Food Preservation Resources

Due to a popular post on making prickly pear jelly, we get a lot of emails asking for advice on canning. So I thought I’d list three favorite food preservation resources. I like to go to respected sources when canning for reasons of both safety and reliability. While botulism is fairly rare, it’s a highly unpleasant way to pass this vale of tears. But beyond the safety issue, if I’m going to go through the work of canning, I w...

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Steal this Book!

Our book has been released! It’s available wherever books are sold, or you can get an autographed copy from us over on the right side of this page. Tell your friends and family! Blog, twitter, friend, digg and yell! From the press release: The Urban Homestead is the essential handbook for a burgeoning new movement: urbanites are becoming farmers. By growing their own food and harnessing natural energy, city dwellers are reconnecting with t...

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Our Books

...and to live inexpensively. It’s also a really pretty, well organized book–if we don’t say so ourselves. Here’s a preview what it looks like inside. Please forgive the black layout marks: The Urban Homestead (Expanded and Revised Edition): Your Guide to Self-Sufficient Living in the Heart of the City (Process Self-reliance Series) by Kelly Coyne and Erik Knutzen  “The contemporary bible on the subject...

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The Original L.A. Urban Homestead

...tured here in front of her Gordon apple tree which bore over 500 lbs. of apples last year. (We counted, seriously.) The Los Angeles Eco-Home Network has been educating Angelenos about simple ways to conserve energy and other resources, grow their own food and live a happier, healthier lifestyle, since 1988. The house is a charming bungalow full of warm dark wood. It features a small solar array, a fabulous greywater system and many other feature...

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Podcasts for the Urban Homesteader

Let’s face it, mainstream radio programming, both talk and music, stinks. Podscasting democratizes the medium. Anyone with a microphone and laptop can make and distribute a podcast and, while quality varies, there’s a huge amount of excellent, highly specialized programming available. So should be on the iPods of urban homesteaders? I’ve got a few suggestions: Survival Podcast We just appeared on this podcast, which is hosted...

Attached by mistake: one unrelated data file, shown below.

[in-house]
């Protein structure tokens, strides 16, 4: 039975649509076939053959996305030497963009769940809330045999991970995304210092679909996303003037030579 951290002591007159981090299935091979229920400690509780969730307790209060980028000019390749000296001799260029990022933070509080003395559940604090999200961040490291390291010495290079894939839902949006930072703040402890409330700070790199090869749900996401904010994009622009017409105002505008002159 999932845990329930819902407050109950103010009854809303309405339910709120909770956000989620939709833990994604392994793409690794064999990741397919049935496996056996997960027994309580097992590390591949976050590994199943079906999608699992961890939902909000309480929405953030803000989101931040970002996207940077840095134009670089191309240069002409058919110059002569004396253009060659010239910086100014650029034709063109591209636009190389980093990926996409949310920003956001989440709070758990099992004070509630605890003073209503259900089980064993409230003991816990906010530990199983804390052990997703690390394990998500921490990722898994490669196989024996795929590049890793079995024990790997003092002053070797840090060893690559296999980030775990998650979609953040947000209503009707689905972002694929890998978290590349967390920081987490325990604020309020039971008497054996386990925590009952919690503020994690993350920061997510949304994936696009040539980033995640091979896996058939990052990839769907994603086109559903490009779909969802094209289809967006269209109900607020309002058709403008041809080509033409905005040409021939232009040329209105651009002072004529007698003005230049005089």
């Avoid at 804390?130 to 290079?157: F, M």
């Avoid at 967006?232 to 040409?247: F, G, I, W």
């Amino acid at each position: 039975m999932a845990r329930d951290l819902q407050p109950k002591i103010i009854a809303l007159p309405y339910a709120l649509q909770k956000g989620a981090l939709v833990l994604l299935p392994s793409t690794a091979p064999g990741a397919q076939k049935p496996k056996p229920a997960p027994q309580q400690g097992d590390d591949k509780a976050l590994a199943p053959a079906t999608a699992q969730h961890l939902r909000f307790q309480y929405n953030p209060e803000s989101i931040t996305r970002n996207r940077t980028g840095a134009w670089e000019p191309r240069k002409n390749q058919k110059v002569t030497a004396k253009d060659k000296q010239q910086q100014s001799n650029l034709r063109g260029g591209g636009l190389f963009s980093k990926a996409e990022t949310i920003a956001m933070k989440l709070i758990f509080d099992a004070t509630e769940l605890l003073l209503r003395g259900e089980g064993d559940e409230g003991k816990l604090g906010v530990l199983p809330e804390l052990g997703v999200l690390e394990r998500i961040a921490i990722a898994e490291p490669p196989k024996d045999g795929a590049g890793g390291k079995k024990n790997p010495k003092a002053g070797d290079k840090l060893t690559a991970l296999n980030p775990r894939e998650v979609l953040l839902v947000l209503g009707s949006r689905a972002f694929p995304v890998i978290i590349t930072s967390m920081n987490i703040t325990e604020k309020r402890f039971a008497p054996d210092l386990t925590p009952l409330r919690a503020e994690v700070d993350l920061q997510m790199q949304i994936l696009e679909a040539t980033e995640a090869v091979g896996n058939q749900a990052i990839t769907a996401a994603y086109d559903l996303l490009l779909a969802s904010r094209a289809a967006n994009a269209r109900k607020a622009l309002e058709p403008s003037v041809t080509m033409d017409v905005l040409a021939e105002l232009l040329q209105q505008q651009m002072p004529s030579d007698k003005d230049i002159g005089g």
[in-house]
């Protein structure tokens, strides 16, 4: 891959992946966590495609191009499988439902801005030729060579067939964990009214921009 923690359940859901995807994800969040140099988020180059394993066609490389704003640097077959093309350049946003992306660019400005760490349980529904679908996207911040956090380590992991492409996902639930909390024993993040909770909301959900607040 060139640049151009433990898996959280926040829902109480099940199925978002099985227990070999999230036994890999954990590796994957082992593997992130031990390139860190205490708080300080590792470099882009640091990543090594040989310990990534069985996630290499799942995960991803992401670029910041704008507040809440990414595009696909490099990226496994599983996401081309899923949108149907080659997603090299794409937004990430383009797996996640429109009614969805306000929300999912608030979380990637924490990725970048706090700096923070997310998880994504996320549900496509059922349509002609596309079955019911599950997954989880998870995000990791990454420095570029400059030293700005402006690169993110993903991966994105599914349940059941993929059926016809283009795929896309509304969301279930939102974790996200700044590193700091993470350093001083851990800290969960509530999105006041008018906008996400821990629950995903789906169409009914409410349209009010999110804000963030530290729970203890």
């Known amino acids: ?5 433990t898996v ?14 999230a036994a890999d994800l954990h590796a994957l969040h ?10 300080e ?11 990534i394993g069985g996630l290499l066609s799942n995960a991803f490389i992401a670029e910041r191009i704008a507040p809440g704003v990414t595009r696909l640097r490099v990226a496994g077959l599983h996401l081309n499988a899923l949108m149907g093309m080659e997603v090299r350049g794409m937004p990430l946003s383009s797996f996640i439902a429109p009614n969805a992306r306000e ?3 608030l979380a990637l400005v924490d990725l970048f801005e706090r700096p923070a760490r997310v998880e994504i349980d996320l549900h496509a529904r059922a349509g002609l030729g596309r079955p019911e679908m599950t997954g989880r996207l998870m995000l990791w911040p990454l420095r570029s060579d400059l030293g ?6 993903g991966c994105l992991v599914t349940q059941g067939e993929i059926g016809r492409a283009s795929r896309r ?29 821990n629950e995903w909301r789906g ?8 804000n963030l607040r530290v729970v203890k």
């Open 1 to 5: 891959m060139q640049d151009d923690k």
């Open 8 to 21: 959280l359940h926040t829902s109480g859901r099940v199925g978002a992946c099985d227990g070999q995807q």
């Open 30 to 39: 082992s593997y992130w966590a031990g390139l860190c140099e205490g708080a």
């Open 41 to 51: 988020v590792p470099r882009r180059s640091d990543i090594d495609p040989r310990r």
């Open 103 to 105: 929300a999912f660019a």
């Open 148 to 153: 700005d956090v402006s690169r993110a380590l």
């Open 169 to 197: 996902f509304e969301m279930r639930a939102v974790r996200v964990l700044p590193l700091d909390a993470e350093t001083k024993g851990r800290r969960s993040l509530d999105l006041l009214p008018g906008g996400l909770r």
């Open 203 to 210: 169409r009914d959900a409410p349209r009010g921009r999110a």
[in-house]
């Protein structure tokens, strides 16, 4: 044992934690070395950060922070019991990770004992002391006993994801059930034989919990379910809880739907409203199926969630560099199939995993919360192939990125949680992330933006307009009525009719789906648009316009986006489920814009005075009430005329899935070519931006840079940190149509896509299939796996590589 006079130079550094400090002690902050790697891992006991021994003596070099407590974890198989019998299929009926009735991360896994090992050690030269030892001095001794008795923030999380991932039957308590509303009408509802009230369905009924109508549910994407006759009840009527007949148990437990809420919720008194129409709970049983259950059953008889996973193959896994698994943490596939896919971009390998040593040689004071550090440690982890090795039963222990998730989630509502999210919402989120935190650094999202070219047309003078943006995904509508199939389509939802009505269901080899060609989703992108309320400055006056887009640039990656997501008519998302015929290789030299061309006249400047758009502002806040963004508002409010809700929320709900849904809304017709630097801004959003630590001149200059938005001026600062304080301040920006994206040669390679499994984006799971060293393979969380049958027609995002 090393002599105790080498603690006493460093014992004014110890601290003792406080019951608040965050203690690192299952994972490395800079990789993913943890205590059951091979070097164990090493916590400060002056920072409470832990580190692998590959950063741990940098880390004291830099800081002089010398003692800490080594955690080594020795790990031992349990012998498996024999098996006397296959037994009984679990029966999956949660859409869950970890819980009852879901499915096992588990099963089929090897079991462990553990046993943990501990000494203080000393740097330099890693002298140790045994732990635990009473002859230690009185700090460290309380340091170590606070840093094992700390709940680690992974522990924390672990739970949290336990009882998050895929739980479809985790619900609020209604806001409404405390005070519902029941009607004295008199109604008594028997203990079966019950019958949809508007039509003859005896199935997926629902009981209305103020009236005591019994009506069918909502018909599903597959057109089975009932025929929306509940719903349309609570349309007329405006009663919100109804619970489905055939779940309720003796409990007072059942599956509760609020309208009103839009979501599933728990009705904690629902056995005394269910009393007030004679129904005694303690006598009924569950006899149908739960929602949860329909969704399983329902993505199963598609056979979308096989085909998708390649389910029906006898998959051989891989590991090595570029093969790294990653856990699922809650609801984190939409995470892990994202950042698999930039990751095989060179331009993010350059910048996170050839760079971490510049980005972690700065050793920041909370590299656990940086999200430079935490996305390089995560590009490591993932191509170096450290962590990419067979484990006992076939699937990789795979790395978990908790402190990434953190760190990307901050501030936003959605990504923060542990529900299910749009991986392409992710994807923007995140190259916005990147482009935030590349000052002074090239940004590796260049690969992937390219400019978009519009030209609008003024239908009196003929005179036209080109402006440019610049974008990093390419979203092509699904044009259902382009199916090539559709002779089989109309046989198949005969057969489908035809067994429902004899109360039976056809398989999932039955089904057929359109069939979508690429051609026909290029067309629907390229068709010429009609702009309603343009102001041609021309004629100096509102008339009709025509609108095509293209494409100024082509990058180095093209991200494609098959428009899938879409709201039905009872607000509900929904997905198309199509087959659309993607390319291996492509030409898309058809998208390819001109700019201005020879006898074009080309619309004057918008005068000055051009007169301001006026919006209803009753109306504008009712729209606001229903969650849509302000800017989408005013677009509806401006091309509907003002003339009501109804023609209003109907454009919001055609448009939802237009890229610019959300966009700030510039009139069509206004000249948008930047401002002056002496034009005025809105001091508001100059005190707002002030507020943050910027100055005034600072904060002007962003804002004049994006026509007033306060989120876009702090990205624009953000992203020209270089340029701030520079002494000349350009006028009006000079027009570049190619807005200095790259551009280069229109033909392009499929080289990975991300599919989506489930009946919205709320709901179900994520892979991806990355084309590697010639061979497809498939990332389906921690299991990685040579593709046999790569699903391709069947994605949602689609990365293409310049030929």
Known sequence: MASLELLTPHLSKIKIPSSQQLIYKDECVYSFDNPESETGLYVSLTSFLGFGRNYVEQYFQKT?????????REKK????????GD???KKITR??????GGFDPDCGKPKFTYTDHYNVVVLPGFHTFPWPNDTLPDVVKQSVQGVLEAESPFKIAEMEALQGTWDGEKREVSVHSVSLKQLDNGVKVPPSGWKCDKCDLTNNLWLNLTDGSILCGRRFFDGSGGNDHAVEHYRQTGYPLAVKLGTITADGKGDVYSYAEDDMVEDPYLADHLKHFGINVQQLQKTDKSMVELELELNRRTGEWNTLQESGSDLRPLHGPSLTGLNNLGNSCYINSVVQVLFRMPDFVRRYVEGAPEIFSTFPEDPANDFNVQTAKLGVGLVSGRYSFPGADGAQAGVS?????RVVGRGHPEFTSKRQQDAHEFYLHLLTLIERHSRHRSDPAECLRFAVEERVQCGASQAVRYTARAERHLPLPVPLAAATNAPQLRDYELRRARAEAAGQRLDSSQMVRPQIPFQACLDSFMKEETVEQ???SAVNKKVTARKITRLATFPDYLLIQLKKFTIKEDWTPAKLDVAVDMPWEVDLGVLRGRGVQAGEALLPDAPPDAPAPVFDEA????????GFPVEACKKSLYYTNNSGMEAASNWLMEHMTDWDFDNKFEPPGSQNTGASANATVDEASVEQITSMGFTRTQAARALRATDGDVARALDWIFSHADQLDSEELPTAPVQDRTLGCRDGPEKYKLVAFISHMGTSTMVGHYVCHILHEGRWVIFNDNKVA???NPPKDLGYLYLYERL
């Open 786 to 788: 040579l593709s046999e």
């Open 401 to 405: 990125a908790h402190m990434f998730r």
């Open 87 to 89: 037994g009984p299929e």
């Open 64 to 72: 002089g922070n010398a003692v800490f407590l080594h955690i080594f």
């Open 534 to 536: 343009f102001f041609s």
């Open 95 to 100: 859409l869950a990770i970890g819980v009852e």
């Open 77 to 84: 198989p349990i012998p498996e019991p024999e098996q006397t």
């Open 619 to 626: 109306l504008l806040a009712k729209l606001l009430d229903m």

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Erik Thoughtstylin’ in Urban Farm Magazine

Photo by Graham Keegan. Yes, those are medlars in the background. On the back page of Urban Farm magazine’s most recent issue–Sept./Oct 2011–Erik is asked to answer the question, “If you can only do one thing to boost your sustainability…” His answer follows. He was in high guru form that day. I hope Urban Farm will forgive me for lifting the whole quote: The action at the top of the to-do list on the...

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The Very First Urban Homesteading Book

The urban homesteading shelf at your local bookstore, thanks to the great recession, sure has gotten crowded in recent years. There are many fine volumes now alongside our two books with a great diversity of authors opining on chicken coops, homemade soap and composting. This is a good thing–we need as many voices as possible. But there’s nothing new here. On a serendipitous trip to the library last week I stumbled across what must...

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Urban Homesteading Thing Catching On

...t in Edmonton, Canada. For $1,600 Canadian dollars a month you get:  hot water on demand system.  sunroom has a high efficiency wood burning fireplace that helps keep house warm and cozy in the winter. fenced back yard is an urban oasis with three apple trees, three plum trees, eight choke cherry bushes, a grape vine, covered deck, and enclosed fire pit with a private seating area. A perennial flower garden lines the path to the front yard. T...

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Back to the Ranch

Ranch photo from the Huntington’s Ranch blog. I’ve never had so much fun at a symposium as I did at the Huntington’s urban agriculture blow-out this weekend. The two day event launched the Huntington’s new experimental urban agricultural station known as the “Ranch” and featured a diverse bunch of speakers. The Ranch will provide much needed information on edible landscapes and food forestry, particul...

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Is Urban Homesteading Over With?

...have not changed, specifically the uncertain future of fossil fuels. I’m not trading my trips to the feed store for a shopping spree at Hot Topic anytime soon. So I thought I’d plug a few search terms relating to urban homesteading into Google Trends to see what is going on. This is, of course, highly unscientific–Google Trends may just reflect media generated interest, not what people are actually doing. Here’s what I fo...

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